Ukraine has no military plans for occupied provinces: Ambassador
By Andrew Rosenbaum
The Ukrainian government has no military plans for the eastern provinces occupied by pro-Russian separatists, the Ukrainian ambassador to Turkey, Sergiy Korsunsky, has told The Anadolu Agency.
He said on Thursday: "We will not take military actions regarding the occupied areas. But Ukraine’s law, on special local self-government order in certain areas of the Donetsk and Luhansk regions defines the status of these territories. According to the Minsk Agreement of February 12, 2015 (the Minsk-II), Russia and Russia-supported militants must revoke results of the illegal elections held on November 2, 2014 and enter into a discussion on holding local elections in certain areas of Donetsk and Luhansk regions in accordance with the Ukrainian legislation."
Korsunsky said that Ukraine expects that the Russian side and pro-Russian rebels will fulfill this obligation and that the central government will be able to hold elections in compliance with the Ukrainian legislation, and, after that, deal with the legal representatives of the local population of Donbas.
"Our priority is rather to work to improve conditions in our country, making the difference between policy of our government and the rebel administration become perfectly plain."
He explained: "For now, the conflict has generally stabilized, and almost all heavy weapons have been removed from the borders.
"This means that we can concentrate on economic objectives, to make life better for our citizens as quickly as possible."
In a speech in Washington in March, Ukrainian Finance Minister Natalie Jaresko emphasized the plans.
“We must stabilize the economy, reform the country, fight corruption, improve transparency and accountability, improve the rule of law,” Jaresko said last month.
Korsunsky explained: "The plan to decentralize the government is part of this plan.
"The essentials of the plan have been in place for a long time. We have regions that are producing earnings, and others that need help and support. The idea is to decentralize finance so that it can be used to greatest effect at the local level."
Korsunsky said that decentralization would take place at the level of the oblasts (regions), and town and city level.
"But there is absolutely no plan to federalize Ukraine. That is out of the question," he said.
Pro-Russian separatists have demanded the creation of federal states in Ukraine, so that the regions they occupy will have more autonomy.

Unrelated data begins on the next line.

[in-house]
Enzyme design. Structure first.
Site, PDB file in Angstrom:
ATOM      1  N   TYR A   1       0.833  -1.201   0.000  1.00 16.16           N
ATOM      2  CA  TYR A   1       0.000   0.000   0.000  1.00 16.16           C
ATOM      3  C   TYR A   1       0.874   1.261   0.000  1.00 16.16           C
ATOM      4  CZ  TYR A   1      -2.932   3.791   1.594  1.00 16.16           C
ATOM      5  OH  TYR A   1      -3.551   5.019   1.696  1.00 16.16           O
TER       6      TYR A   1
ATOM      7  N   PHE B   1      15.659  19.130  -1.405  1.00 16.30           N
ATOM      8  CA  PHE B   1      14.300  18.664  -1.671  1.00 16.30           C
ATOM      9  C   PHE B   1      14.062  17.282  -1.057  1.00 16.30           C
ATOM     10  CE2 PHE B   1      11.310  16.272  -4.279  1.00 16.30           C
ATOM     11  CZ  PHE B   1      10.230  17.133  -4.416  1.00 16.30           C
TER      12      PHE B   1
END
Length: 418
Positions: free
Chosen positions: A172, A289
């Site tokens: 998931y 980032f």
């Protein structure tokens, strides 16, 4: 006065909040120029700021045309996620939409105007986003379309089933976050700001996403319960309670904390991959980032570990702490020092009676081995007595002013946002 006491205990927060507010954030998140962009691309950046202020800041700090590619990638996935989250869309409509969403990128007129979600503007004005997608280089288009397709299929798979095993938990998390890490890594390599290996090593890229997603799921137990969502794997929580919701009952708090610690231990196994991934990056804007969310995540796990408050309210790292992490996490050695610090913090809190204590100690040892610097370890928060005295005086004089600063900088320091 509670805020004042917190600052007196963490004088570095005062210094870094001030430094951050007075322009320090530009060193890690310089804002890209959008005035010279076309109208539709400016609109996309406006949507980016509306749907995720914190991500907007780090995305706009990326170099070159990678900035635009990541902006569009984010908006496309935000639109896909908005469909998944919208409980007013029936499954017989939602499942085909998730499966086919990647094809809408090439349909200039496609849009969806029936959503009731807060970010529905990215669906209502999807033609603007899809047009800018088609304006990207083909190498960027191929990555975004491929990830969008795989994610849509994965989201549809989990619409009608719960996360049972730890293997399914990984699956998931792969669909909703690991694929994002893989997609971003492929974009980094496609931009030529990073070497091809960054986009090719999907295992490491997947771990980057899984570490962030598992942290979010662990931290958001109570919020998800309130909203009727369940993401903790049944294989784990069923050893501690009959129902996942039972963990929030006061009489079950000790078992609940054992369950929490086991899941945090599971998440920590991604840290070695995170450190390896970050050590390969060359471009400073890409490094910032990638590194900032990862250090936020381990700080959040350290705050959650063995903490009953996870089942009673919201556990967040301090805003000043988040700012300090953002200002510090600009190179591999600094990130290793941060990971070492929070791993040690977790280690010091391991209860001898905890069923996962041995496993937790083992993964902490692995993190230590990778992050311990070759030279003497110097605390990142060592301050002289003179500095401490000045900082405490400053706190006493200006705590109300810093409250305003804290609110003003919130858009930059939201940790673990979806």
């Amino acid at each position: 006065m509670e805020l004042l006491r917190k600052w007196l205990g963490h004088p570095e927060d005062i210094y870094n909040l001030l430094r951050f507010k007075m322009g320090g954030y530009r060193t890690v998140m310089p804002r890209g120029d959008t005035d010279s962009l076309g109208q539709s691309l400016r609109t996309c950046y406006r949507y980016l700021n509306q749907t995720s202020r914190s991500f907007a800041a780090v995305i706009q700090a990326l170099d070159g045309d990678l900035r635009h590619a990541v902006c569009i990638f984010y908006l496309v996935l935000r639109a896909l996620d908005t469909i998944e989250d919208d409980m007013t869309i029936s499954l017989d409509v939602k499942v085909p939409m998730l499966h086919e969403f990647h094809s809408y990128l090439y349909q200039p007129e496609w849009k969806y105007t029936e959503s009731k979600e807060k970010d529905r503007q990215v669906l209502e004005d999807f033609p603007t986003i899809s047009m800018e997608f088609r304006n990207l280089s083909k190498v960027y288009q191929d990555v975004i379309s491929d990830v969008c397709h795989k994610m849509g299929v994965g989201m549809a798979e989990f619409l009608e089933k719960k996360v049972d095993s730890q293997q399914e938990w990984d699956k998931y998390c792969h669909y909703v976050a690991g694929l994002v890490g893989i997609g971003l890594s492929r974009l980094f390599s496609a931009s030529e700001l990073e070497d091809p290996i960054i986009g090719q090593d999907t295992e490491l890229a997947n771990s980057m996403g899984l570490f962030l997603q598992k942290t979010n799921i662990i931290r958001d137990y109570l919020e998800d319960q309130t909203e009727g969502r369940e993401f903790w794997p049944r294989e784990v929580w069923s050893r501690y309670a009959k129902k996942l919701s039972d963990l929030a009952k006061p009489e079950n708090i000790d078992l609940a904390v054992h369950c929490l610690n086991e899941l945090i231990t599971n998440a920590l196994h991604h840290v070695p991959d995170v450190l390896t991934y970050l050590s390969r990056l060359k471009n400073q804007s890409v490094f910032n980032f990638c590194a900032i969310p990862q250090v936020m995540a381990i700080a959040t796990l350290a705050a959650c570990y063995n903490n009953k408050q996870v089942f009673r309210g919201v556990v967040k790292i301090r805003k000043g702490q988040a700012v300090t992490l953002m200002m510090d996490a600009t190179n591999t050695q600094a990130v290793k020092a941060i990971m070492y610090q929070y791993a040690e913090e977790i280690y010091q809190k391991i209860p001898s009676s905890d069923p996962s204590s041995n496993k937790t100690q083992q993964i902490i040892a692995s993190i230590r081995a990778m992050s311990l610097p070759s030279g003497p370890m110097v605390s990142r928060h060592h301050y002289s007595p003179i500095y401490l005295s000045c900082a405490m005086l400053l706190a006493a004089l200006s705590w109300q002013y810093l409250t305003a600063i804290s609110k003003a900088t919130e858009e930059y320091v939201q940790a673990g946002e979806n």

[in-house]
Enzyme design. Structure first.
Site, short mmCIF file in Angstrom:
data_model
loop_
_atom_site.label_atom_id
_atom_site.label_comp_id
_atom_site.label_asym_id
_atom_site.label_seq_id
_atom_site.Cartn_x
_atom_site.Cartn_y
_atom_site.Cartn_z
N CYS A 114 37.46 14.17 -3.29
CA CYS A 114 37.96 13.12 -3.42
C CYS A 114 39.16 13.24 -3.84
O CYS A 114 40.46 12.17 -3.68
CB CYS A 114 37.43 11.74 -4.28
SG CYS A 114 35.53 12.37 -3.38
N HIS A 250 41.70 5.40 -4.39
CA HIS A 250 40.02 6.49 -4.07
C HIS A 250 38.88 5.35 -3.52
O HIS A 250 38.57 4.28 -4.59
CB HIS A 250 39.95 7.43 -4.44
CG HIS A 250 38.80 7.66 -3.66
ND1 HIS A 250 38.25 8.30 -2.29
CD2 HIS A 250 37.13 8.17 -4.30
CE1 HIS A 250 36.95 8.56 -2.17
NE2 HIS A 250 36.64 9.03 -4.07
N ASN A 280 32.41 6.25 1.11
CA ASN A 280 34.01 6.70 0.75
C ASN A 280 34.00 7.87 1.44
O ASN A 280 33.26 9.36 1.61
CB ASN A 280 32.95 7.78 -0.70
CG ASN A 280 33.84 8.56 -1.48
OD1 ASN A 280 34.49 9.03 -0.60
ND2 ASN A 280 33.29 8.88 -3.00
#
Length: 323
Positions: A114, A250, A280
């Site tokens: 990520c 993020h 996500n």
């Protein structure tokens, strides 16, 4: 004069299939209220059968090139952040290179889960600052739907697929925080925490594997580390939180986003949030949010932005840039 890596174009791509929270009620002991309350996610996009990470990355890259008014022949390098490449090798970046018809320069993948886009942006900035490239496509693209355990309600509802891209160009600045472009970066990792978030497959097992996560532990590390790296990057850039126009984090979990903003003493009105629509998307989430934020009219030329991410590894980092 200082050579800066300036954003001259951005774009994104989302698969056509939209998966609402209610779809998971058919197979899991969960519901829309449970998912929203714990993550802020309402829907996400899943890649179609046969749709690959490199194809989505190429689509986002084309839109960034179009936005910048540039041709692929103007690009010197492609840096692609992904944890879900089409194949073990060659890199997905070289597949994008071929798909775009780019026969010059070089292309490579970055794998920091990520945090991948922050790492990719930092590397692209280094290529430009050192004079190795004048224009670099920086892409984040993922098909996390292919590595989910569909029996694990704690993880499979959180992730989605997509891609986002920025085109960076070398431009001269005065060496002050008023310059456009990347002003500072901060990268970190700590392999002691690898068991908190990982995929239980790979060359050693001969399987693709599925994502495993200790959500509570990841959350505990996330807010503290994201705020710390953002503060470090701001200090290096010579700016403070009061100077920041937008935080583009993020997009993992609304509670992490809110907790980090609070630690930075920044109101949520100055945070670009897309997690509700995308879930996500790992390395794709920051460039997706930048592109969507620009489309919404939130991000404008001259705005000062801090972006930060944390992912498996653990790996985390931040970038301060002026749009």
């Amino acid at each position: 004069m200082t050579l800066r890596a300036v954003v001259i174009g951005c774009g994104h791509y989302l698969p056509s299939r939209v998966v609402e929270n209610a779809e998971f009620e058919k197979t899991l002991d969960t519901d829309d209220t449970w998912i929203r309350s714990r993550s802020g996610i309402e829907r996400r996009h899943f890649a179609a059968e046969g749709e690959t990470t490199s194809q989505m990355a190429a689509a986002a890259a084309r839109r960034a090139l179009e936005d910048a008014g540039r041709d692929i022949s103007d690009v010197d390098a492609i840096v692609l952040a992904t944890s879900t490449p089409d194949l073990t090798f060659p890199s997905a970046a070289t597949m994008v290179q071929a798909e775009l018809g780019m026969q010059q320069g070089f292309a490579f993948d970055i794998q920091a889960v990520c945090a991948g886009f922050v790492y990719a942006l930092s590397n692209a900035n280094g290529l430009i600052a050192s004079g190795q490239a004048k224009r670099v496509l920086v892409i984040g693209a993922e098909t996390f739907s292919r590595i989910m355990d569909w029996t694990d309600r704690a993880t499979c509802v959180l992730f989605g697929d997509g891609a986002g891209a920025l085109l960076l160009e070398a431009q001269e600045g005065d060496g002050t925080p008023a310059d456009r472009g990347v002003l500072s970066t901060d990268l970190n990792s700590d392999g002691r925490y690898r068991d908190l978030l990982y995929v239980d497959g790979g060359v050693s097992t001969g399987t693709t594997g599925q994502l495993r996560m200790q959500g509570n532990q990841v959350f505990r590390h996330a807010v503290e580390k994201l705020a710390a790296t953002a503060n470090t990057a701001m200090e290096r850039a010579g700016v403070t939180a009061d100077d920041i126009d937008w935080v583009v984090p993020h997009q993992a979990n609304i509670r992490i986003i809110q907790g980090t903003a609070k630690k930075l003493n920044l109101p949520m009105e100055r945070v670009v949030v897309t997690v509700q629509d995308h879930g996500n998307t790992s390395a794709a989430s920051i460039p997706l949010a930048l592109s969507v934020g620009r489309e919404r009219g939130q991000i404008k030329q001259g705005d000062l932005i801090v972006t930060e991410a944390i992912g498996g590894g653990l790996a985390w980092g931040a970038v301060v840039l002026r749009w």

Ukrainian President Petro Poroshenko has called the federalization concept "a kind of infection."
Korsunsky pointed out that the principal priority for the economy is fighting corruption, saying: "The fight against corruption is underway. The Anti-Corruption Bureau is going to do its job."
The Anti-Corruption Bureau has investigatory powers and a mandate to monitor senior public officials, who are now required to make full declarations of income with the bureau for signs of lifestyles which vary with their declared earnings.
The tender commission tasked with choosing candidates for the position of the National Anti-Corruption Bureau Head selected two candidates on Monday -- lawyers Artem Sytnyk and Mykola Siry who are subject to the approval of Ukrainian President Petro Poroshenko.
The head of Ukraine's State Emergencies Service, Serhiy Bochkovsky, and his deputy Vasyl Stoyetsky were handcuffed by police at a televised government session on March 25 and have been charged with high-level corruption.
Meanwhile, a large swathe of economic reforms has been passed by the parliament.
Korsunsky said: "The government will work to reform the fiscal system, seeking to eliminate injustices.
"The number of banks will also be reduced, with those that are simply engaged in non-banking activities or money-laundering to be closed down."
A plan for privatizing state industry is also in place with a list of non-strategic assets being drawn up.
Ukraine's judicial authorities also filed Tuesday legal challenges to tenders which had given leading businessmen control over key power companies under ousted president Viktor Yanukovych.
"That Ukraine is a target for foreign investment is shown by the recent action of Turkcell," Korsunsky said.
Turkey’s largest mobile operator in February won a 3G license in the country bidding $118 million.
"We will focus our actions on our priorities of attracting investment and improving the economy, and then we will see what effect that has on the occupied areas," Korsunsky said.